How to Survive a Total Constellation Outage

April 3, 2014  - By 0 Comments

Yesterday we posted news of an 11-hour downtime for the full GLONASS constellation, due to an upload of bad ephemerides. Coincidentally, during that 11-hour period, the mass-market chip company Broadcom was conducting multi-constellation receiver tests in Asia. Frank van Diggelen, Broadcom’s chief GNSS scientist and vice president says, “We have definitive data to show how a multi-constellation receiver survives such an outage.”

Here are the pictures, and the story they tell.

Test data coincident with the GLONASS ephemeris disruption of April 1 and 2 showing conclusively how a GPS/GLONASS/QZSS/BEIDOU receiver survives the complete disruption of one of the constellations.

On April 2 at 1:00 a.m. Moscow time, bad ephemeris was uploaded to all satellites (see chart at the bottom of this story).

There are two receivers shown here, from two different manufacturers, both in smartphones. The yellow dots are for a GPS/GLONASS receiver; the blue dots are from the Broadcom 47531 receiver which tracks GPS/GLONASS/QZSS/BeiDou signals simultaneously. The 47531 receiver includes logic to use redundant measurements to check the validity of all measurements. It successfully identified and removed the bad GLONASS ephemeris 100 percent of the time, as can be seen by the continuity and accuracy of the positions.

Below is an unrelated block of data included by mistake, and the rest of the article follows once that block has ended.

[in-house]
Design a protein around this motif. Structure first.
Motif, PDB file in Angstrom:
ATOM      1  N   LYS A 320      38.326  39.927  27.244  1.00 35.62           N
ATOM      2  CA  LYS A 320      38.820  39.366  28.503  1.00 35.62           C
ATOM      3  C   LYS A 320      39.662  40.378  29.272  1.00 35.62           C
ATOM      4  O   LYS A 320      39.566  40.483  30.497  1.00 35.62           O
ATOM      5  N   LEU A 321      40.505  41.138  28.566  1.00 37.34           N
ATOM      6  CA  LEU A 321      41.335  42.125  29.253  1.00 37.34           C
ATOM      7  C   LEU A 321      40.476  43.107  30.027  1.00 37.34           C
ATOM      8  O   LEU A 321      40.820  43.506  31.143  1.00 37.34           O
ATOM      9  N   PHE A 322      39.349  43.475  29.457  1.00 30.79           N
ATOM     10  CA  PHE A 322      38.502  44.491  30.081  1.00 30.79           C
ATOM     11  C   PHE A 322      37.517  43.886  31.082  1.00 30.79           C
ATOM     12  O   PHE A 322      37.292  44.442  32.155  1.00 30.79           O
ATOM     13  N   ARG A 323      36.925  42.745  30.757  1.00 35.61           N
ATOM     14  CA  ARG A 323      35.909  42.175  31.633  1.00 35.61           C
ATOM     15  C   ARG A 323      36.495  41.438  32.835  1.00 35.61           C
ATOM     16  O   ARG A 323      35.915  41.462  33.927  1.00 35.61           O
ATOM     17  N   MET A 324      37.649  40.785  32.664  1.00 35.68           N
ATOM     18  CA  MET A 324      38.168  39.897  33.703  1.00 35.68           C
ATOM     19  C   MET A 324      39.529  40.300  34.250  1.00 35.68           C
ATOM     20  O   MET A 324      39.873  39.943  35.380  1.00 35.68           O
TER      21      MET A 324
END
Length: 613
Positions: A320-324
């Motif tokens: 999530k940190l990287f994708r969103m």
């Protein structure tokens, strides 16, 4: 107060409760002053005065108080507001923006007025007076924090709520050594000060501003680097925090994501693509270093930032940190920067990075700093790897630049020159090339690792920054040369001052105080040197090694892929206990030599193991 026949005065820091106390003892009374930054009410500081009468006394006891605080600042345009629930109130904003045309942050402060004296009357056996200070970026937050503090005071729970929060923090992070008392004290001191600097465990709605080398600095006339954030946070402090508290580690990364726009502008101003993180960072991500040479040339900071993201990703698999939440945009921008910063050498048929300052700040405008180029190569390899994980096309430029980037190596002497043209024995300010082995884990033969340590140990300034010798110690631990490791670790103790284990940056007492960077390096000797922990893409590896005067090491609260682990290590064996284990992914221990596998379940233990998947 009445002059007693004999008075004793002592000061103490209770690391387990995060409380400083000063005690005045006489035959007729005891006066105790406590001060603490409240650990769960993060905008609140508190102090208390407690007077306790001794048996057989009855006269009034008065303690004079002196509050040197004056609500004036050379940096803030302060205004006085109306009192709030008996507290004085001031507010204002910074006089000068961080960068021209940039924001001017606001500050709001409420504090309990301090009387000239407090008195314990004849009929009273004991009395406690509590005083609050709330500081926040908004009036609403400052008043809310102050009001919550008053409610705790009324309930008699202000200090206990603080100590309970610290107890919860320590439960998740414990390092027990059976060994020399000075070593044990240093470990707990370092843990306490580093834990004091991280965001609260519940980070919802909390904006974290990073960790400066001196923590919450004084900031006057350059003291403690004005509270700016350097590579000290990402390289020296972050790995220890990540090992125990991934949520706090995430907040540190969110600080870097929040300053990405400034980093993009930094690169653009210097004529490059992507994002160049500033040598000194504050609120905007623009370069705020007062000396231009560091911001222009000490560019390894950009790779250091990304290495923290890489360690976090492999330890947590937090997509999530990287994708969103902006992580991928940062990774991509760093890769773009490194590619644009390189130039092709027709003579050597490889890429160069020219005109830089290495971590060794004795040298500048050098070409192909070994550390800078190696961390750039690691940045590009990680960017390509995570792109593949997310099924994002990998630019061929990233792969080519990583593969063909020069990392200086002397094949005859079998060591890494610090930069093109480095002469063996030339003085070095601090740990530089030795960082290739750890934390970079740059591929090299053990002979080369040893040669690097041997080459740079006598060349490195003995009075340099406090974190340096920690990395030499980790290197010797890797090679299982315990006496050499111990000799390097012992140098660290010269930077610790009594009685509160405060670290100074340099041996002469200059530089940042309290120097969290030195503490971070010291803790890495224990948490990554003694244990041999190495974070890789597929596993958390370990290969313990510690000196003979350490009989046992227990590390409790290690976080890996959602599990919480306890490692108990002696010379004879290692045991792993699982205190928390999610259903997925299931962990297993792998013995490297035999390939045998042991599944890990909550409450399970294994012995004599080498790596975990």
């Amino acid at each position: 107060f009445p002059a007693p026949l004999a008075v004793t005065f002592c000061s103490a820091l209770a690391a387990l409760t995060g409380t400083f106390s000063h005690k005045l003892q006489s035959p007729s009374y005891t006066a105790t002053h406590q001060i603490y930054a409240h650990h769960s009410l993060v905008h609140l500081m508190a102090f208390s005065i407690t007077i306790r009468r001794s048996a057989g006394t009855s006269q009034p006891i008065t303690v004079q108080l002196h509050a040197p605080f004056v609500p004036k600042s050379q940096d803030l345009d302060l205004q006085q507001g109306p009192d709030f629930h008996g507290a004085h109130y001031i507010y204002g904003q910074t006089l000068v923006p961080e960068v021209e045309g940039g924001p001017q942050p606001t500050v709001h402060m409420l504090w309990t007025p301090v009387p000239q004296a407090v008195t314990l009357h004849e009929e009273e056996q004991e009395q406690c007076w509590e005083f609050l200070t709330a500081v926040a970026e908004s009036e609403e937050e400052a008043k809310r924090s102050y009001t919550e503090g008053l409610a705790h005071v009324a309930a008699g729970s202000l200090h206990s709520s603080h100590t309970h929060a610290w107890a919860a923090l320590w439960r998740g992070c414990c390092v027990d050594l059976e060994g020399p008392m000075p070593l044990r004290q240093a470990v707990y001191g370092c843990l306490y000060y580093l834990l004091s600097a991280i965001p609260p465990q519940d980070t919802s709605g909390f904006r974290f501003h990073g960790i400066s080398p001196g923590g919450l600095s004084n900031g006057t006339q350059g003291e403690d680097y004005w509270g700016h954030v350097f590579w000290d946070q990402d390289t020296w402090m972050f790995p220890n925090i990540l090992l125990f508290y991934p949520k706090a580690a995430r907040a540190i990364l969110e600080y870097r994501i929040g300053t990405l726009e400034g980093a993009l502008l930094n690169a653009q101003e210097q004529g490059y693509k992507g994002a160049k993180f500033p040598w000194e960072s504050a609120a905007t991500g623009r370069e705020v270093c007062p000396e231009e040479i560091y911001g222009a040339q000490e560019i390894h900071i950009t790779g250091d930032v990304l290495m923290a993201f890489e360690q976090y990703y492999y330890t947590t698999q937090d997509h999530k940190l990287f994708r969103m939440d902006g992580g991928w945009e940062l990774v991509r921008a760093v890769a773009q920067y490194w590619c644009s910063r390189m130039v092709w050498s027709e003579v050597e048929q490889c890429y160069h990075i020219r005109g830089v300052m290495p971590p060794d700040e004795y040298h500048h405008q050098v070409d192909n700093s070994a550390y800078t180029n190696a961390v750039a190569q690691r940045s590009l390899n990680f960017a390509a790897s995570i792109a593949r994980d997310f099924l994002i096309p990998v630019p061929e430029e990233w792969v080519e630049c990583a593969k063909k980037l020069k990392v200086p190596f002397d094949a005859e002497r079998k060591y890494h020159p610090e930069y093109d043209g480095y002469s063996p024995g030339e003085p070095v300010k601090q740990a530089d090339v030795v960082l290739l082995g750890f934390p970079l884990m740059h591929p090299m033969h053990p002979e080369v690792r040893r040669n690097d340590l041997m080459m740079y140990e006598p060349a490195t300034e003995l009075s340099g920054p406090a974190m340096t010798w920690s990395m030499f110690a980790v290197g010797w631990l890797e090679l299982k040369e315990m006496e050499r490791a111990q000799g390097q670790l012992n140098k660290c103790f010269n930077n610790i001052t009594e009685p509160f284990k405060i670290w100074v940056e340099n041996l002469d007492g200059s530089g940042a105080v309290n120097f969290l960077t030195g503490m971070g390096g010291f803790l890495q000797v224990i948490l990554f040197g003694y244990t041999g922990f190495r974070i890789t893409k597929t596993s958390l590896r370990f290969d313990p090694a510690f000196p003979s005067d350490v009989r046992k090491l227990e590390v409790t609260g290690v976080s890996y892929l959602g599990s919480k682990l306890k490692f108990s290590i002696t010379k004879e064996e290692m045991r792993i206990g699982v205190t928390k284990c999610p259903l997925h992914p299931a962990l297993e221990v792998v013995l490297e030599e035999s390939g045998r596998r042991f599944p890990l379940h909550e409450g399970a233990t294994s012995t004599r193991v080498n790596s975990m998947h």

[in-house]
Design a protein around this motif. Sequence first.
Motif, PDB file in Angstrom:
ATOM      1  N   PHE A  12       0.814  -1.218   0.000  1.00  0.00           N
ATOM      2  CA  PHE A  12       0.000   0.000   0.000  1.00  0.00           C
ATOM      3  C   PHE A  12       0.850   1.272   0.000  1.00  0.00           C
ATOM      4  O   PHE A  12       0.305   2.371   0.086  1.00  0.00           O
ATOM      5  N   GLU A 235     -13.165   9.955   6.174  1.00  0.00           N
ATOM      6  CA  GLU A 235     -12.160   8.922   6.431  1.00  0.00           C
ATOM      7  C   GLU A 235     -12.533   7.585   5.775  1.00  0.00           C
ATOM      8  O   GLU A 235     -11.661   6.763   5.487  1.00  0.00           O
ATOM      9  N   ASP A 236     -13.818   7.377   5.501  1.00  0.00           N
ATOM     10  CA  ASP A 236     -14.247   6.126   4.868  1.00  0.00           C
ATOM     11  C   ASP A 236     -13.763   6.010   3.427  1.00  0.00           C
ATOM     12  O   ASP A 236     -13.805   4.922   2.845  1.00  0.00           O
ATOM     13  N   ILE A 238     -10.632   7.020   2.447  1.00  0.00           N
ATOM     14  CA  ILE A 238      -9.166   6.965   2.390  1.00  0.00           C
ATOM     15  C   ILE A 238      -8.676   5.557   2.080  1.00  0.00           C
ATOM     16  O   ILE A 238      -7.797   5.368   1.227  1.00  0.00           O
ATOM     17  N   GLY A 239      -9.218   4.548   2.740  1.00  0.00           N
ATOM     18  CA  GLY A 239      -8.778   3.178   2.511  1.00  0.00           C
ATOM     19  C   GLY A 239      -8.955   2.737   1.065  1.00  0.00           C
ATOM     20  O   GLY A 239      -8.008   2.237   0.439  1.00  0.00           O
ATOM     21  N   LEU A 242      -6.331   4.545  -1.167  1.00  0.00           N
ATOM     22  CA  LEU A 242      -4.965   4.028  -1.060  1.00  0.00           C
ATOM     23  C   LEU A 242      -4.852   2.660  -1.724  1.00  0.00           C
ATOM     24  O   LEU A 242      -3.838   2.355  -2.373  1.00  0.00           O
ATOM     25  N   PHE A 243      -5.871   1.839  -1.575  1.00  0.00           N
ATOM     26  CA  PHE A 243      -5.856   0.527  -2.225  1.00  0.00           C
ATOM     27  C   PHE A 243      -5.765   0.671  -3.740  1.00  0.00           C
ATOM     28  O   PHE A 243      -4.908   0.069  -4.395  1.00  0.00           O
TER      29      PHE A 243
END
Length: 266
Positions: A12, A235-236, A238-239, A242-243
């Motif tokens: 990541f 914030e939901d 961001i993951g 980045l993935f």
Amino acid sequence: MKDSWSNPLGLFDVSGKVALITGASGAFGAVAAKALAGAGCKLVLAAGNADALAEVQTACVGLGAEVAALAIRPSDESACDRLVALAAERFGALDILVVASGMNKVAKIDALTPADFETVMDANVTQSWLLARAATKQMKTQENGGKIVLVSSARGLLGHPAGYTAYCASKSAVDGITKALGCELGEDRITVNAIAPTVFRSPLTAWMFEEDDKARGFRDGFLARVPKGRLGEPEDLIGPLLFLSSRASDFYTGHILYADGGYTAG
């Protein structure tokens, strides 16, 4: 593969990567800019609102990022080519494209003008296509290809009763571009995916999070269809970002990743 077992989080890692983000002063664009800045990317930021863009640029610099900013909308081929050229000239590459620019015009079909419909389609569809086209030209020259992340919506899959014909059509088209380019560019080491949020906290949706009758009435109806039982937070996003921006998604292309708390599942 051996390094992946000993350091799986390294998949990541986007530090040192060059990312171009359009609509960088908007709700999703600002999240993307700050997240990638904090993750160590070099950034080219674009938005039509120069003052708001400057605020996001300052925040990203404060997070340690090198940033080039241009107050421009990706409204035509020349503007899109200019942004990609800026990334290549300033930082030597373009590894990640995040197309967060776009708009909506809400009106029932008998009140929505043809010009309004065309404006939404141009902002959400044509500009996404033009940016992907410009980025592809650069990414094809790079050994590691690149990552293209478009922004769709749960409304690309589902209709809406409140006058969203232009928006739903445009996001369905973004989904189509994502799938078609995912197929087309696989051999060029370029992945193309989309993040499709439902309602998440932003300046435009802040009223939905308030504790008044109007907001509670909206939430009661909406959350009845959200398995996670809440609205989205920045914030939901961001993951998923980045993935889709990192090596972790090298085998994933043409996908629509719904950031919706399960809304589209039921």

Broadcom2

Here is the satellite outage chart from yesterday’s story.  All GLONASS satellites were restored to healthy state after the 11-hour interruption.

Current plot from the Roscosmos GLONASS Information-Analytical Centre. Things are almost back to normal this morning.

Current plot from the Roscosmos GLONASS Information-Analytical Centre. Things are almost back to normal this morning.

 

 

Alan Cameron

About the Author:

Alan Cameron is editor-in-chief and publisher of GPS World magazine, where he has worked since 2000. He also writes the monthly GNSS System Design e-mail newsletter and the Wide Awake blog.

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